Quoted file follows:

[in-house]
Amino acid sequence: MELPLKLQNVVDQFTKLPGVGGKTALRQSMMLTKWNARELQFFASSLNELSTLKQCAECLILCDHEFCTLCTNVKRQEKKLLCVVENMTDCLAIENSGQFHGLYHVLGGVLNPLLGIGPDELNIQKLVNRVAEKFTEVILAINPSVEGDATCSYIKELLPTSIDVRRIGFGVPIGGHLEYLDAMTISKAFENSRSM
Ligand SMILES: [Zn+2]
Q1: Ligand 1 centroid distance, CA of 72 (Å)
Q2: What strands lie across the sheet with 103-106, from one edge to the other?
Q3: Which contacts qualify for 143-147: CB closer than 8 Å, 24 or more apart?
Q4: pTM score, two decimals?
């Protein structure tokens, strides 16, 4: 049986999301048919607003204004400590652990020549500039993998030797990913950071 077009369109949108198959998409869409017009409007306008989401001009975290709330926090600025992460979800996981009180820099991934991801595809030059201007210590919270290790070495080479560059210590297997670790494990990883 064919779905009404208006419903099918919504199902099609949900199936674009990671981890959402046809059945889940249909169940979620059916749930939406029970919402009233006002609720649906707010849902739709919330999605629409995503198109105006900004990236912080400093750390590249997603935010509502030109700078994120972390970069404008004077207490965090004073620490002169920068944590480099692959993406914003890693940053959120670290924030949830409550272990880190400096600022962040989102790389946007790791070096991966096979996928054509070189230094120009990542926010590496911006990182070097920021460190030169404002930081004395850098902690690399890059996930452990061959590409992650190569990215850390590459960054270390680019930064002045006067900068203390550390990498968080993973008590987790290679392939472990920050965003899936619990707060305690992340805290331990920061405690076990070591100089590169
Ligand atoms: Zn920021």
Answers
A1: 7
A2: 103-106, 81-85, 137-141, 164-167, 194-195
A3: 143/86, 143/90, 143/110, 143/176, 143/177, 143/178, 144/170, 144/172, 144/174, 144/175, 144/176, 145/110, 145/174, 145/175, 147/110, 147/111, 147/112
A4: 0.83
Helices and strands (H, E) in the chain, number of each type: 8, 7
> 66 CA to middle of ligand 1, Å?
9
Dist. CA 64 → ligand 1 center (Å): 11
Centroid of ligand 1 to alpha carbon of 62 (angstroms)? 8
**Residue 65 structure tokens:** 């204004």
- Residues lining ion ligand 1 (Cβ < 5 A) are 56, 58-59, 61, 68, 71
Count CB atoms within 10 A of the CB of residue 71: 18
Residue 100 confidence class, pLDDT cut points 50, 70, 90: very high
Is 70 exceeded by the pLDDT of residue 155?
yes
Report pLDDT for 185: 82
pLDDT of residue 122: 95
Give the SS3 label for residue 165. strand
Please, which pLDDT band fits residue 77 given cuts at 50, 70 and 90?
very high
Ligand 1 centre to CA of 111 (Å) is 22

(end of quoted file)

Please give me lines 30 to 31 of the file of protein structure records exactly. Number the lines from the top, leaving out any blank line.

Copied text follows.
very high
Ligand 1 centre to CA of 111 (Å) is 22